Is your smartTV watching you? The FBI warns consumers of new risks that smartTVs pose to homes and businesses. Here’s what to know & steps to stay safe.
But that may be changing. The FBI recently warned that today’s televisions aren’t the one-way devices they once were. Smart technologies open up new potential in entertainment but also new risks.
Televisions today rarely have a simple antenna. They may not even be connected to cable or satellite. Today, nearly 25% no longer have multi-channel paid TV. Instead, TVs are connected to the Internet, which allows a consumer to stream everything from YouTube videos to NetFlix to websites to video games.
So TVs are no longer one way. You’re receiving data (programming) and you’re also transmitting it via the Internet. TV is bi-directional.
To accomplish this, the next generation of smart TVs need advanced operating systems. And like your computer, they are open to viruses and hacking.
On the “prankster” side of the spectrum, a hacker could change your channel while you’re watching, play with the volume or do other annoying things.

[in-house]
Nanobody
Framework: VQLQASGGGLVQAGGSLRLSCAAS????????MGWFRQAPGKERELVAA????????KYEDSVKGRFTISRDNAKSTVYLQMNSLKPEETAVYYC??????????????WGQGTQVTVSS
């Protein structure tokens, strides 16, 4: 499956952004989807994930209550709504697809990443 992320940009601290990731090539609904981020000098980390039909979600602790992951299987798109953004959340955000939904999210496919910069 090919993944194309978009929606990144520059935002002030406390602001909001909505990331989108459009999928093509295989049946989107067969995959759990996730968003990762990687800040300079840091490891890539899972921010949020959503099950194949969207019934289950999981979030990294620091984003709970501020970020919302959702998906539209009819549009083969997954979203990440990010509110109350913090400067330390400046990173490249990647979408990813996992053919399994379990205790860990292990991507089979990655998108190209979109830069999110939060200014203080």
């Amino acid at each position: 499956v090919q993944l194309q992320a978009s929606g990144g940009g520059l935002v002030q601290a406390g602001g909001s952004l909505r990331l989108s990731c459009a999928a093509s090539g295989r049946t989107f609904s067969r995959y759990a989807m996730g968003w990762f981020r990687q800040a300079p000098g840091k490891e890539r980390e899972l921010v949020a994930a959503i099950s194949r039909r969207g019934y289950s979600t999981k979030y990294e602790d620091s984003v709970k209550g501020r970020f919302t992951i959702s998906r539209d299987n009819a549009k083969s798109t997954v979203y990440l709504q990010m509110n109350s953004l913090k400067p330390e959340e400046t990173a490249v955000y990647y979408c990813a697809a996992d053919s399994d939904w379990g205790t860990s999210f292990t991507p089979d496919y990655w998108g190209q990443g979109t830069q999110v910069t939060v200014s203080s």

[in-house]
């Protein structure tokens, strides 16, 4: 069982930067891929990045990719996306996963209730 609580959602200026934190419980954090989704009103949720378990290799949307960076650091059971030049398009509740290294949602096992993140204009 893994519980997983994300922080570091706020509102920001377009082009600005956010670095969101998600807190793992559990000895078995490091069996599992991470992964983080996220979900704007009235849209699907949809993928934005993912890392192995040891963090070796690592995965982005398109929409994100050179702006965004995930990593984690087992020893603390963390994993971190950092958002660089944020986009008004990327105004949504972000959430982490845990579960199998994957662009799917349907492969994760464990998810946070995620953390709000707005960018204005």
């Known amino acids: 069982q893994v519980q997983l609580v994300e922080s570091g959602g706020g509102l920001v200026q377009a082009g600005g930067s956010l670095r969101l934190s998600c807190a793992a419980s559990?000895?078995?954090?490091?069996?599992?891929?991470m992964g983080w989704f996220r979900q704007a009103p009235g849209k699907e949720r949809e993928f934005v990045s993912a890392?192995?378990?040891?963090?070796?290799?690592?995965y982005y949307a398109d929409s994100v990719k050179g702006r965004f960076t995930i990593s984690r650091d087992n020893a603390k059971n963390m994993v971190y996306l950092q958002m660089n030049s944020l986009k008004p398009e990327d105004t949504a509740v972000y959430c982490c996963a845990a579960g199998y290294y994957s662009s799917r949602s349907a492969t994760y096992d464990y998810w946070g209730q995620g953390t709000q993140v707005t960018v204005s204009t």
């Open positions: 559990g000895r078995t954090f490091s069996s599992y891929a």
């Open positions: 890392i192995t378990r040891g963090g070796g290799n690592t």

But at the far end of the spectrum, you have things like voice control and cameras in which a malicious actor could take over to listen in or watch inside your home without you knowing it. This kind of breach of privacy not only feels violating. It could also give criminals access to:
All of this may seem unlikely. But this is not speculative risk. A white-hat hacker friend of mine showed me that, in under an hour, he could hack into a TV and start watching people through the camera. Fortunately, for all of us, my friend is one of the good people trying to help companies improve technology security.
As TVs get smarter, manufacturers will be forced to put in more safety measures to keep families safe. Some things you can do now include:
For more tips on using technology safely, follow my blog.
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